Gilbert v. Fisher et al
MEMORANDUM OPINION AND ORDER OF DISMISSAL. Signed by District Judge Tom S. Lee on 3/20/2017 (Copy mailed to plaintiff) (cwl)
IN THE UNITED STATES DISTRICT COURT
FOR THE SOUTHERN DISTRICT OF MISSISSIPPI
WALTER LEE GILBERT, a/k/a,
LAMARCUS LEE HILLARD, #99903-555
CAUSE NO. 3:17cv19-TSL-RHW
MARSHAL LEE FISHER and JACK FOX
MEMORANDUM OPINION AND ORDER OF DISMISSAL
This matter is before the court sua sponte.
petitioner Walter Lee Gilbert, also known as Lamarcus Lee
Hillard, is incarcerated with the Bureau of Prisons (“BOP”) on
behalf of the Mississippi Department of Corrections (“MDOC”).
filed this Petition for Writ of Habeas Corpus, pursuant to 28
U.S.C. § 2241, challenging his housing with the Bureau of
He seeks a transfer back to a county jail in Hinds
The Court has considered and liberally
construed the pleadings.
As set forth below, this case is
Petitioner is a Mississippi inmate, who is currently serving
sentences handed down in 2003 and 2008 from Hinds and Sunflower
He is currently serving those sentences
in the administrative, maximum security United States
Penitentiary in Florence, Colorado.
He was transferred to
federal prison, by an agreement between MDOC and BOP.
not have a federal conviction.
On January 9, 2017, petitioner filed this habeas action,
invoking § 2241, and he has paid the $5 filing fee.
that the agreement between the State and federal government to
house him with the BOP is void, because it is based on fraud and
Petitioner also claims that, in the federal prison, he
is “not being granted the right to earned good time credits 10
days of 30 days, GED credits per Judge Order, Program Completion
over 40 certificates per the Mississippi State Constitution,” and
is being “denied a job.”
(Pet. at 3).
Finally, he asserts that
he is being housed under the wrong name.
Petitioner asks this
court to transfer him back to custody in Mississippi.
The court questions whether habeas corpus is available for
If a favorable ruling would “automatically
entitle [the prisoner] to accelerated release,” then the action
is one for habeas corpus.
Orellana v. Kyle, 65 F.3d 29, 31 (5th
If not, then the proper vehicle may be a civil
Habeas review “is not available to review
questions unrelated to the cause of detention.”
States, 525 F.2d 933, 935 (5th Cir. 1976).
Pierre v. United
On the other hand, a
civil rights action “is an appropriate legal vehicle to attack
unconstitutional . . . conditions of confinement.”
F.3d at 31.
The Fifth Circuit Court of Appeals has held that habeas
review is not available to obtain transfer to another prison.
Hernandez v. Garrison, 916 F.2d 291, 293 (5th Cir. 1990).
Hernandez, a federal inmate alleged discrimination, overcrowding
and denial of medical care at the Federal Correctional Institute
in Seagoville, Texas.
Id. at 292.
He filed a § 2241 petition
and sought transfer to another federal prison.
Id. at 293.
court held that this “type of injunctive relief is not a proper
subject for a habeas corpus petition.”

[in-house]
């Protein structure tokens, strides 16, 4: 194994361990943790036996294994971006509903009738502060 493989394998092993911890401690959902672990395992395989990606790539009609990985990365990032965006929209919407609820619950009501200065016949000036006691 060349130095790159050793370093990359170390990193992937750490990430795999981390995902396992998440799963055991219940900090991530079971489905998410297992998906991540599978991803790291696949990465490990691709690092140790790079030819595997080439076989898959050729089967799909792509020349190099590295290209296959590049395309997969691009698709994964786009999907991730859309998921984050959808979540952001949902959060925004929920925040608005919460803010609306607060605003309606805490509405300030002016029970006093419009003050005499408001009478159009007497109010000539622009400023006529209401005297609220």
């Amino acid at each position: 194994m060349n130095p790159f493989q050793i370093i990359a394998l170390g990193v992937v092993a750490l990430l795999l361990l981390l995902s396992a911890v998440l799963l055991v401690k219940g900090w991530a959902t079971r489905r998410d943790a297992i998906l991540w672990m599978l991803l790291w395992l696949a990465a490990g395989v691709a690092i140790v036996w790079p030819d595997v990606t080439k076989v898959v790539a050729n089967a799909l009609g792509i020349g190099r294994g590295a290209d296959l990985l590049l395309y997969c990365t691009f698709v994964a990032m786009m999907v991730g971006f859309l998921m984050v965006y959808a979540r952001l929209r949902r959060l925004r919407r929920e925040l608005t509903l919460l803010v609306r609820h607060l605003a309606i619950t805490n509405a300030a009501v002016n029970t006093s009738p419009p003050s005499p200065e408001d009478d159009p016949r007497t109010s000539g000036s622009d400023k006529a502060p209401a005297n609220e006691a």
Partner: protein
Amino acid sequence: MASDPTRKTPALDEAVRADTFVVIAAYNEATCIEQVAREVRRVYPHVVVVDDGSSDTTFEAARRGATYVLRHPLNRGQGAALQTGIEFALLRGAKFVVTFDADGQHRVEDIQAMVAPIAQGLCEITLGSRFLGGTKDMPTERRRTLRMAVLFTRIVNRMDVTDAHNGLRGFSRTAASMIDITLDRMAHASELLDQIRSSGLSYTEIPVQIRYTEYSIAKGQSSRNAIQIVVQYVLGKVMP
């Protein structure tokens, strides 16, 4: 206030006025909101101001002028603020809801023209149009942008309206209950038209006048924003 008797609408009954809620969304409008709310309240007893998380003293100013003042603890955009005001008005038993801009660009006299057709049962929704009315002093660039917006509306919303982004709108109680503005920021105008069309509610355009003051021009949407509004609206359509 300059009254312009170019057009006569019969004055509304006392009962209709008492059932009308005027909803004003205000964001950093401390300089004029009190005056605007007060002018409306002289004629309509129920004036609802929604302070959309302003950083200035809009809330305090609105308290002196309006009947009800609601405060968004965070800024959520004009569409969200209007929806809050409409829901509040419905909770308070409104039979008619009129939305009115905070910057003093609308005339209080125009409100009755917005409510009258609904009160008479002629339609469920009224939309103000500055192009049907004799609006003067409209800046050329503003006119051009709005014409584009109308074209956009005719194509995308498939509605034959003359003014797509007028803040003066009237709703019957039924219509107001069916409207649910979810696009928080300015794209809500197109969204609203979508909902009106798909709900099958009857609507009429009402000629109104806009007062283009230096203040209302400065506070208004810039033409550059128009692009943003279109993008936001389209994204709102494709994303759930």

Subsequently, this court has held that a federal prisoner,
who was transferred to MDOC to serve his federal sentence, could
not file a § 2241 habeas petition to challenge that transfer.
Hathaway v. Fed. Bureau of Prisons, No. 2:10cv182-KS-MTP, 2010
U.S. Dist. LEXIS 91502 at *2 (S.D. Miss. Sept. 1, 2010).
was because success in the case would not automatically entitle
the prisoner to release.
Like Hernandez and Hathaway, petitioner challenges where he
This claim is not cognizable in this § 2241 habeas
action, because it does not concern the cause of petitioner’s
detention, and success will not automatically entitle him to
Indeed, petitioner does not challenge
either of his convictions or sentences.
The closest petitioner
comes is to argue that he is “not being granted the right to
earned good time credits 10 days of each 30 days.” (Pet. at 3).
He does not ask for speedier release, however, or assert that he
is being deprived of earned time that he has already accrued.
merely seeks a transfer to a different prison.
Rather than liberally construe this action as a civil rights
case, it will be dismissed without prejudice.
See, Lineberry v.
United States, 380 F. App’x 452, 453 (5th Cir. June 8, 2010).
Even if the Petition could be construed as challenging the
fact or duration of petitioner’s sentences, it would still be
dismissed without prejudice.
This is because he must first
exhaust his state court remedies before seeking federal habeas
28 U.S.C. § 2254(b)(1)(A).
This gives “the State the
‘opportunity to pass upon and correct’ alleged violations of its
prisoners’ federal rights.”
Baldwin v. Reese, 541 U.S. 27, 29
(2004) (quoting Duncan v. Henry, 513 U.S. 364, 365 (1995)).
Petitioner contends to have exhausted his state remedies because
he has previously filed for relief from this court.
insufficient to satisfy the state exhaustion requirement.
IT IS THEREFORE ORDERED AND ADJUDGED that, for the reasons
stated above, this case is DISMISSED WITHOUT PREJUDICE.
separate final judgment shall issue pursuant to Federal Rule of
Civil Procedure 58.
SO ORDERED AND ADJUDGED, this the 20th day of March, 2017.
/s/ Tom S. Lee
UNITED STATES DISTRICT JUDGE
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